According to the 2018 bilateral Sochi agreement between Moscow and Ankara, the Turks were requested to disarm the fighting factions under their control. Instead of implementing this demand, Turkey followed a unification strategy that resulted in the building of an umbrella organisation for Turkish proxies (the SNA). Under this arrangement, Russia was obliged to hold back ‘Syria’s Arab Army’ (SAA), which it was willing to do until last summer, when Assad launched the offensive to take back the last pocket of military resistance. Accordingly, the logic of the buffer zone is now dysfunctional, and a number of Turkish observation points, have been surrounded by the regime’s armed forces.

Recep Tayyip Erdoğan’s motivation to get involved in Idlib and to seek an arrangement with Russia is still driven by stemming the flow of additional refugees into Turkey and controlling the various jihadist proxies, not least for domestic security reasons. Due to the Assad regime’s current military offensive, this Turkish containment strategy has come under enormous pressure. Therefore, Ankara is compelled to reach a new understanding with Moscow on the future of Idlib. The announcement of the Istanbul summit on 5 March, gathering together Germany, France, Turkey and Russia, could be a first step in this direction, as any change to the status quo implies potential downsides for Ankara.

The current military campaign allowed the regime to retake the strategic M5 highway and it is now  advancing to retake the M4 highway, eventually allowing the Alevite heartlands in Latakiyeh to be reconnected with the (former) economic hub of Aleppo. However, the topography in North-Western Idlib is more mountainous, which explains why two plausible scenarios are emerging in the current setting.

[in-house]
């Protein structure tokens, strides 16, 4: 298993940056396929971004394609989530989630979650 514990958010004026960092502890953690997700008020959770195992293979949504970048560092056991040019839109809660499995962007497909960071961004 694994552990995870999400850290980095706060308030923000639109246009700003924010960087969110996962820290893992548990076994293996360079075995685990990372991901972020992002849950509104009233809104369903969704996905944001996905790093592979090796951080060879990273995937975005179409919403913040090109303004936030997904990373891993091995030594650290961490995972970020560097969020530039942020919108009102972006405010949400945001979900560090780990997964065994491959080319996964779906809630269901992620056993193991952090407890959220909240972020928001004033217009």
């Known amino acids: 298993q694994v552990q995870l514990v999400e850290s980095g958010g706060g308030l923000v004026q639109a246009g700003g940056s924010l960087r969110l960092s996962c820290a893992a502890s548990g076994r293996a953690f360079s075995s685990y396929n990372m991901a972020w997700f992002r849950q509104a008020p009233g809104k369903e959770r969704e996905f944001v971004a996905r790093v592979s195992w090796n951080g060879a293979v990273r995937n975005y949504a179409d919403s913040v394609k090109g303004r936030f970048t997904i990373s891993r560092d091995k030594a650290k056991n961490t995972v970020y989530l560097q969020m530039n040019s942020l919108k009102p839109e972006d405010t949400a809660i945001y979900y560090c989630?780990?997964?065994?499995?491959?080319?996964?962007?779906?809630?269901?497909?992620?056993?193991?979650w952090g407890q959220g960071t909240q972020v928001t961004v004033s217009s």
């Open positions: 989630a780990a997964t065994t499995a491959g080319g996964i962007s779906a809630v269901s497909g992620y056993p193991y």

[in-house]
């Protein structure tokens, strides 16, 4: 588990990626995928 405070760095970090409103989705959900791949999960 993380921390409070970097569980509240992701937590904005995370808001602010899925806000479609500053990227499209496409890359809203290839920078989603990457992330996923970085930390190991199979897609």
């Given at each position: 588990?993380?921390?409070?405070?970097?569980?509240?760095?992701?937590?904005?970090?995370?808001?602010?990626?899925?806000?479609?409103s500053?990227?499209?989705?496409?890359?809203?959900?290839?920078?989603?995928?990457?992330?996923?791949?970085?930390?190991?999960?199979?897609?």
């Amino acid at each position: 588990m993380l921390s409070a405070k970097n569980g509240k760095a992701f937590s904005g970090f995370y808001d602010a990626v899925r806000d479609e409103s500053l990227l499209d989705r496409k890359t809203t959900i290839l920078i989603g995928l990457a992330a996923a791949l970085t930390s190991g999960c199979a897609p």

The first would be a containment strategy, which is a minimum compromise that Turkey might be prepared to settle for with Damascus and Moscow. Technically not a conflict resolution, it would buy time in lieu of a long-term settlement, further delaying the cost Ankara will have to confront one way or another for having supported an Afghanistan-style jihadist insurgency for regime change in a neighbouring country.

Alternatively, an SAA-led full recapture of Idlib could either lead to a physical defeat of the jihadi proxies or to a negotiated settlement. The latter could entail a DDR process: disarming, demobilising and reintegrating the armed insurgency. Assuming that the jihadists will not be willing to acknowledge defeat, the feasibility of this option remains dubious, however. Nevertheless, the declared goal of the regime to re-establish the territorial integrity of the Syrian state is tantamount to imposing an authoritarian peace.

Whereas Ankara’s primary interest lies in keeping Idlib’s status quo in place, this clashes with Damascus’s strategic goal of regaining its territory. However, a compromise could be found regarding the area between the Turkish border and the two Syrian highways (M5, M4). This could tie in with Russia’s ambition to maintain the alliance with Damascus, while managing a mutually beneficial relationship with Ankara. While this compromise corresponds with the EU’s interest in keeping refugees at bay and jihadists away, for political and security reasons, it would run counter to its wish to drive a wedge between the Russia-Turkey rapprochement.

Wolfgang Mühlberger
Senior Research Fellow
Non-Resident Senior Fellow